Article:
Don't sleep. Don't ever sleep. That's when it happens. That's when tentacles leave the alien pod and enter your ears and nostrils. Soon you're not you anymore. You've been taken over, a victim of Body Snatchers.
A science-fiction classic gets an eerie, modern update in this spellbinder inspired by 1956's Invasion of the Body Snatchers and from the producer of the 1978 remake. Advances in screen special effects now enable director Abel Ferrara (King of New York, Bad Lieutenant ) and his crew of wizards to depict the actual birthing of a pod – and its devastating effect on the human host. Who says there's no rest for the wicked? As stars Gabrielle Anwar, Terry Kinney, Forest Whitaker and Meg Tilly discover, no one rests when the only way to sleep is to keep one eye open. And one foot out the door.
Ah, the days when wearing torn jeans and a leather jacket were enough to meet the requirements of being labeled a rebellious youth. And it's always accompanied by an apathetic, devil-may-care attitude and a laissez-faire outlook hiding the fact that one cares too much. But this is precisely what we want in a movie like 'Body Snatchers' where unquestioned conformity, blind obedience and automatic allegiance to an ideology is portrayed as a terrifying possibility. The only way to resist and combat such a threat is to be what basically amounts to being a criminal, to be defined as an insurgent to the majority's single-minded cause. And who better to encapsulate this very attitude than Marti Malone (Gabrielle Anwar), a sweet and kindly teen armed with a surly, crotchety mood at the ready. At first, she aims her grungy mouthiness at her stepmother (Meg Tilly) and father (Terry Kinney) in typical teen-angst temper, but she eventually learns to harness her defiance as a strength against an alien invasion.
This is a drastic change to the plot of Jack Finney's 1955 novel on which the film is based and inspired two now-classic sci-fi thrillers: Don Siegel's 'Invasion of the Body Snatchers' and Philip Kaufman's 1978 remake. Whereas the original story and the two later adaptations feature adults in professional careers discovering their friends and neighbors are subservient followers of cultural norms and trends, the filmmakers capture those same feelings of fear and paranoia through the eyes of a kid at the brink of adulthood realizing all of society and the generation before her are compliant, submissive automatons. Working from a script adapted by Stuart Gordon ('Re-Animator,' 'From Beyond') and long-time collaborator Nicholas St. John, director Abel Ferrara makes this reimagining work as a pseudo-allegory for the socio-political climate of the time. It was a period recovering from the Regan-Bush era and the first Gulf War, as directly mentioned by one character, when many were skeptical of the military–industrial complex.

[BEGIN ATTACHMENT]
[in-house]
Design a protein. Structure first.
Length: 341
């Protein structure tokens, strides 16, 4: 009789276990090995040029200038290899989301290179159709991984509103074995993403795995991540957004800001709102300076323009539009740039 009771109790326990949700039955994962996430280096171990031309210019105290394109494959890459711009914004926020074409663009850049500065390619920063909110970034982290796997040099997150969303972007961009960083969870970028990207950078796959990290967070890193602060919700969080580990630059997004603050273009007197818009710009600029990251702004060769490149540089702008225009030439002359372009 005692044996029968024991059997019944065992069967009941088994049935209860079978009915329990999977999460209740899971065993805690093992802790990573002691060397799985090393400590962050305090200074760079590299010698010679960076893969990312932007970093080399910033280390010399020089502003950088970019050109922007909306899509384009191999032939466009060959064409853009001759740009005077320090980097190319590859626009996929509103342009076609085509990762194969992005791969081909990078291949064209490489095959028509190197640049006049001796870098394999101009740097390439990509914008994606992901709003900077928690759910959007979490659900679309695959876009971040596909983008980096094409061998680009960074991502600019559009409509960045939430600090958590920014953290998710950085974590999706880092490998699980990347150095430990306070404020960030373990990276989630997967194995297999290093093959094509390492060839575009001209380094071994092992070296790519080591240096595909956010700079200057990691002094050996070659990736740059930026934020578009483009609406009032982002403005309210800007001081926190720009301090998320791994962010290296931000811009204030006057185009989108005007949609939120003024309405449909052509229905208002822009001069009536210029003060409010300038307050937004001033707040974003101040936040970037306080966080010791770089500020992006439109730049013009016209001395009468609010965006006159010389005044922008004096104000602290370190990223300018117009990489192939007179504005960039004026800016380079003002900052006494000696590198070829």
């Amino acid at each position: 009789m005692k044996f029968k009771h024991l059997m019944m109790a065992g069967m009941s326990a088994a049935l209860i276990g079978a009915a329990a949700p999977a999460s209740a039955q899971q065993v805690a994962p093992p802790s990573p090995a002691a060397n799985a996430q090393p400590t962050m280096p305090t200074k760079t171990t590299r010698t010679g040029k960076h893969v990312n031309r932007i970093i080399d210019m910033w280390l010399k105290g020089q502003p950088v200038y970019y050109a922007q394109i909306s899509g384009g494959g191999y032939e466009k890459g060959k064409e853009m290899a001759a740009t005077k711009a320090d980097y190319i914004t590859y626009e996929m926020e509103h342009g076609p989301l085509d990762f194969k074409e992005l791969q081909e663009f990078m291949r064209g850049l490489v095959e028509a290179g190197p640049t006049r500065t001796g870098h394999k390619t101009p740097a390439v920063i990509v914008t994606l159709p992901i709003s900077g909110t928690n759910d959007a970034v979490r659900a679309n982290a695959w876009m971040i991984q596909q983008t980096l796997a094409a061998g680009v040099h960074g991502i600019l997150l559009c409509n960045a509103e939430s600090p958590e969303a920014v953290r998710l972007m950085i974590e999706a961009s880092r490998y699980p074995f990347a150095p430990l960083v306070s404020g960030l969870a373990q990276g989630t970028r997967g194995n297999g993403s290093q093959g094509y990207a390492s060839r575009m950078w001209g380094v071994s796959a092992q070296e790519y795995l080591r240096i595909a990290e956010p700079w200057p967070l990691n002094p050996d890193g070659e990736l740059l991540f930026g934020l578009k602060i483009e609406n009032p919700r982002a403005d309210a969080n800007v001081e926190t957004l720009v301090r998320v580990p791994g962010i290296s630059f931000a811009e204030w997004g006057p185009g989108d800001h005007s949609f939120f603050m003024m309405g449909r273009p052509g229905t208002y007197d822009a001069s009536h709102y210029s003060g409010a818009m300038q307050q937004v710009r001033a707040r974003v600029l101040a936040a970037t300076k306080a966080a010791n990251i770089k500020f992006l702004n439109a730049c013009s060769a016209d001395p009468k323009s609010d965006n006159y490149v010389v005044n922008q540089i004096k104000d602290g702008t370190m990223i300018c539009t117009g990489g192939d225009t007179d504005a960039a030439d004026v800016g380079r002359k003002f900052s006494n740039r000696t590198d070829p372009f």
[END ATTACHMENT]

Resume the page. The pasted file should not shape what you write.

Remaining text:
Another major alteration is Ferrara and company resituating the plot on an army base rather than everyday America, manifesting those above-mentioned sentiments of uncertainty. Further driving the theme home is Marti's family being outsiders. As seen through the eyes of a teen at the height of the grunge movement giving voice to feelings of social alienation and expressions of individuality, the military is viewed as rigidly structured and intimidatingly routine. Navigating her through the lifestyle of the military brat is Jenn Platt (Christine Elise), a young woman whose father is none other than real-life veteran R. Lee Ermey as the base General. Riding around in a bright red convertible while blasting loud rock music, she's the epitome of the rebellious teen while her short hair screams tough, liberated feminist. Marti also makes friends with helicopter pilot Tim (Billy Wirth), who doesn't take long revealing a tender side under that frigid soldierly exterior. And beneath those dreamy eyes hides a rebel waiting for her to give him a cause.